If you think anything completes you then you're not ready for it. Right? Like in other words, that relationship will complete me well now Okay, what if they leave you you're incomplete again, right. So, so this pattern of the the false belief of incomplete is trying to come up and die and if you get the relationship that you think leaves you then it's on pause for a minute and it's still running the show. So you're you're codependent on these things. So I have a rule that if you want something really bad, you're not ready for it. Because it's, it's, it's not a match to your vibration, it's bigger than you and your mind. And and what you're talking about when these child stars are these people that get success really quickly, is like their connection to their soul is not up to par with what they perceive their connection to this success as it's higher in their opinion than their soul. So this is why a lot of child stars often fall apart, right? Or, or even, I would watch comics that were young, that would suddenly get crazy things, you know, like, they'd come on the scene and be in there for three months and suddenly be going to Montreal festival and, and and on Leno and stuff like that. And then you'd see the drinking start to really kick in and every because it's just like, this thing is bigger than me. And I know that feeling, you know, like that would be the answer of just I get this movie role or I get this thing. The default setting is I'm nothing without it. Which really the default setting is I'm nothing. I'm not anything. Just give me the movie. So am something right, right.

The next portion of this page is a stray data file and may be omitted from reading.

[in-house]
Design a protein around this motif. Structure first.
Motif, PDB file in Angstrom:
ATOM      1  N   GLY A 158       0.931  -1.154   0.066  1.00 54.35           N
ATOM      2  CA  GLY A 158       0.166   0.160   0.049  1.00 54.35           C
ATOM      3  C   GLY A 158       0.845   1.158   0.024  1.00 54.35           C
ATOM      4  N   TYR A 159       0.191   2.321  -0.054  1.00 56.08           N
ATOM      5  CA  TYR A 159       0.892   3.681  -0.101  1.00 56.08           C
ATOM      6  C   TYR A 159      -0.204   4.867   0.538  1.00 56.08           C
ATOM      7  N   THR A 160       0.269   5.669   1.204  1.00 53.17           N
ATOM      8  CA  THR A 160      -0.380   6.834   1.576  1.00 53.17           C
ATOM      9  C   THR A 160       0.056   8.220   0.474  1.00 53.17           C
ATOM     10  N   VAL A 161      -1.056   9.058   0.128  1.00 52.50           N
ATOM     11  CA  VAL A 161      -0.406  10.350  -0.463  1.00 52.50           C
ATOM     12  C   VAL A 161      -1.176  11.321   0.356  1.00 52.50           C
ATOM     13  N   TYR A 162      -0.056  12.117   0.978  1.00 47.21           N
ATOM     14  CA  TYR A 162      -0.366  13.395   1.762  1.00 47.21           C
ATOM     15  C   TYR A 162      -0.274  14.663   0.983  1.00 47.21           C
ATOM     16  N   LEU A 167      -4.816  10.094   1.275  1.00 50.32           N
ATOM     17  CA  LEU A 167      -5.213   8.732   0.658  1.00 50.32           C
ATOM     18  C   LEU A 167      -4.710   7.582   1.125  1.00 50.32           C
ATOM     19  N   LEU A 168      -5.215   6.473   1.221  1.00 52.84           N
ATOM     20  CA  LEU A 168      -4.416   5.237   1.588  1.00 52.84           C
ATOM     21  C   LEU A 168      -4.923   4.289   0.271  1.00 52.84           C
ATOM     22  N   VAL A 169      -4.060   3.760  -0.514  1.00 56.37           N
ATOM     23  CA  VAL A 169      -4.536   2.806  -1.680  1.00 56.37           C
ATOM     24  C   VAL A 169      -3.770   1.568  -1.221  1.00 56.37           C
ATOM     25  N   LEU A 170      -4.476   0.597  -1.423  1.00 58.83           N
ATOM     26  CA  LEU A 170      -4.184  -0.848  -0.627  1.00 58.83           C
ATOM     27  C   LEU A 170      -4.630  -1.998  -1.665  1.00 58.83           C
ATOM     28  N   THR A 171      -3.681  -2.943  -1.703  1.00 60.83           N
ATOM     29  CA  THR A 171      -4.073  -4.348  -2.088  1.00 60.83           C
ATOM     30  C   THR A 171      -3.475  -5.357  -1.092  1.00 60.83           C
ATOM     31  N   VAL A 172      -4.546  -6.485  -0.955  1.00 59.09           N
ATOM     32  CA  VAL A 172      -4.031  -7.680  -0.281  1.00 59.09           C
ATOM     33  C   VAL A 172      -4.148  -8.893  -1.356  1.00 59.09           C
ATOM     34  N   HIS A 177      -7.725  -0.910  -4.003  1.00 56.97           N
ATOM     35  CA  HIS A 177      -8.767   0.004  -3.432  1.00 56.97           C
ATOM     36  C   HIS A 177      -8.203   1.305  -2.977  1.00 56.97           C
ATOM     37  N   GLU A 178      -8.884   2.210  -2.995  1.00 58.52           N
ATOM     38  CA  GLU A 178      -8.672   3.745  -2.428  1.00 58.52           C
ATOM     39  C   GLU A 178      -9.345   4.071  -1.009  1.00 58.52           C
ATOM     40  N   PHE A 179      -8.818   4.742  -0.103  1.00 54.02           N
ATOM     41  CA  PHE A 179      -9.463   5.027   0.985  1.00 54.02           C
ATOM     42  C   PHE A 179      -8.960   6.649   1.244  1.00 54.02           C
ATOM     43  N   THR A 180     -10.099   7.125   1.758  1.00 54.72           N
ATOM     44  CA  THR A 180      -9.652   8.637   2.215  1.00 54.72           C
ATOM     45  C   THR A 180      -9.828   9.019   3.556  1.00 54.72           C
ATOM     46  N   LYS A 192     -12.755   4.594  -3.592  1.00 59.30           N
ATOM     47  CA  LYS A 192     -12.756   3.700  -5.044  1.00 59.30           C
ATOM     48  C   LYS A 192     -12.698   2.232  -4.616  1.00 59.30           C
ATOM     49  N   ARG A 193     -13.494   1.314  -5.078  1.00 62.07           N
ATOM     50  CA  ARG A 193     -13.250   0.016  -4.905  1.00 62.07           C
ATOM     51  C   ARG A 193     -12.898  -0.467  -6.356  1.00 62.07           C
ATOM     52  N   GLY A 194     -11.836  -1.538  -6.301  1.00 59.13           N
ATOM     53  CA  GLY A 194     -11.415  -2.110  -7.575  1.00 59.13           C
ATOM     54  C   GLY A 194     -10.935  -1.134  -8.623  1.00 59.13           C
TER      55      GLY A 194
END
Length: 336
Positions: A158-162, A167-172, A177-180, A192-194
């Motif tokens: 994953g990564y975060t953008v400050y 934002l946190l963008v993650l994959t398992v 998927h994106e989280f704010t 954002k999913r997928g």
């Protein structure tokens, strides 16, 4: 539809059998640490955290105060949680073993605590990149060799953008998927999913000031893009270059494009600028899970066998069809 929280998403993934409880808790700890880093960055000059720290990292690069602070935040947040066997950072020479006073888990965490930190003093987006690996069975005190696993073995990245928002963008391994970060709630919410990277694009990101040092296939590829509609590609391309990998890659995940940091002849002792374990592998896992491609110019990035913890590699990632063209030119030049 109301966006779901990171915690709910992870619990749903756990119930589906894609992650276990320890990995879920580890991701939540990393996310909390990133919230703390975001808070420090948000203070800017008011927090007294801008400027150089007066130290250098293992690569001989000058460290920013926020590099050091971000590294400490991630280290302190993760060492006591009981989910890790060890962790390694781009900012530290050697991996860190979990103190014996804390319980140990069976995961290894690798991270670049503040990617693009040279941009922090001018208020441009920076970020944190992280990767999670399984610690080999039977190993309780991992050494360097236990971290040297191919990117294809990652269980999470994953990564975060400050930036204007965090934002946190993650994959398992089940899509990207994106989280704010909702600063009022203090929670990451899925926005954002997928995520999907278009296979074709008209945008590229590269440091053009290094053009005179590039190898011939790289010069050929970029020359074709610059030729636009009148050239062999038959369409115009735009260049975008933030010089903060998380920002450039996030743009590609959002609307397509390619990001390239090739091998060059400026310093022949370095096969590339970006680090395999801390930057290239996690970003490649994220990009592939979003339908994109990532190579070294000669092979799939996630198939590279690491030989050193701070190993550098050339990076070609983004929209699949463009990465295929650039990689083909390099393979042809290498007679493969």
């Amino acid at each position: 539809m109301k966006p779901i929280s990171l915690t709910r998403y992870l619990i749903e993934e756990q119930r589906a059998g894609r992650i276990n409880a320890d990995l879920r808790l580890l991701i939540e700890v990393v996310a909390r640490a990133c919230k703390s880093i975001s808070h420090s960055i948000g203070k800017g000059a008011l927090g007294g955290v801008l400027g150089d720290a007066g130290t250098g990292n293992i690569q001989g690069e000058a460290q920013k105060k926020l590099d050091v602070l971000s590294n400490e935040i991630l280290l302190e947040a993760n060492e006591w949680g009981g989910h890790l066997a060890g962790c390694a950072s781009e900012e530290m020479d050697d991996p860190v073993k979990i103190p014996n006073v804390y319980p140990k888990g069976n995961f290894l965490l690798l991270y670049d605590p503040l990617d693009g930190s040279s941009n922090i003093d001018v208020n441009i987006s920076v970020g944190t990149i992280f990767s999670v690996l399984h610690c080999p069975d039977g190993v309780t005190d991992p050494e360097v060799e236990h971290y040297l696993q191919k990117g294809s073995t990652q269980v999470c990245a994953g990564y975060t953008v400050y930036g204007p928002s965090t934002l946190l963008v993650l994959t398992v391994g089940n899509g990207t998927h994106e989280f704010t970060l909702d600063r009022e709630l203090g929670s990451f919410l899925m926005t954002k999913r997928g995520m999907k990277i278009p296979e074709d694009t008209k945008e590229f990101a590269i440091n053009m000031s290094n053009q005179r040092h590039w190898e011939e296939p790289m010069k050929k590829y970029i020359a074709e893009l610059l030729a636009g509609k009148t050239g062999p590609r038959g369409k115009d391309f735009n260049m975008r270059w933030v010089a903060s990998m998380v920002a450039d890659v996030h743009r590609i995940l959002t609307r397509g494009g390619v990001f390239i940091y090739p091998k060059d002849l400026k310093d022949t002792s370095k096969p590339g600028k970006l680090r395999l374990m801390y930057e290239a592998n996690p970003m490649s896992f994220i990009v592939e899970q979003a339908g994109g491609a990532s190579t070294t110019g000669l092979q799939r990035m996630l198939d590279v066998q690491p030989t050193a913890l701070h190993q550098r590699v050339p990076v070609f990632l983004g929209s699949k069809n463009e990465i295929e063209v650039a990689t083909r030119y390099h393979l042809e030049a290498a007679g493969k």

Alex Ferrari 41:14
Oh, god, that's so dumb. Oh my god. I'm just working with actors in Hollywood for so long. That's what it is. Yeah, he's like, if I don't get this part, I'm nothing and that's why you have to numb yourself to survive with it.

Kyle Cease 41:26
It's not even if I don't get this part. And we're really just saying I'm nothing like

Alex Ferrari 41:30
I'm nothing without the relationship. I'm nothing without the party. I'm nothing without the job. I'm nothing without the money.

Kyle Cease 41:36
But in that weird because the default is I'm nothing like that. Like, right? It's like your default setting is I'm nothing unless this movie calls me which is like so that we just live we're walking around with a bullshit false the default setting that says I'm unworthy. That's in your body. That's a lie you like, like Daryl Anka says, or Bashar says, you exist, you're worthy. You're you exist, that's your that's it? Your worthiness isn't because you're looking through your worthiness through through the world's ego, not through that you are through the Soul of the now. Right. And so I didn't mean to interrupt that. But it's just so funny that it's I'm nothing without that movie is one thing. But if we just take out without that movie, you're just saying I'm nothing

Alex Ferrari 42:21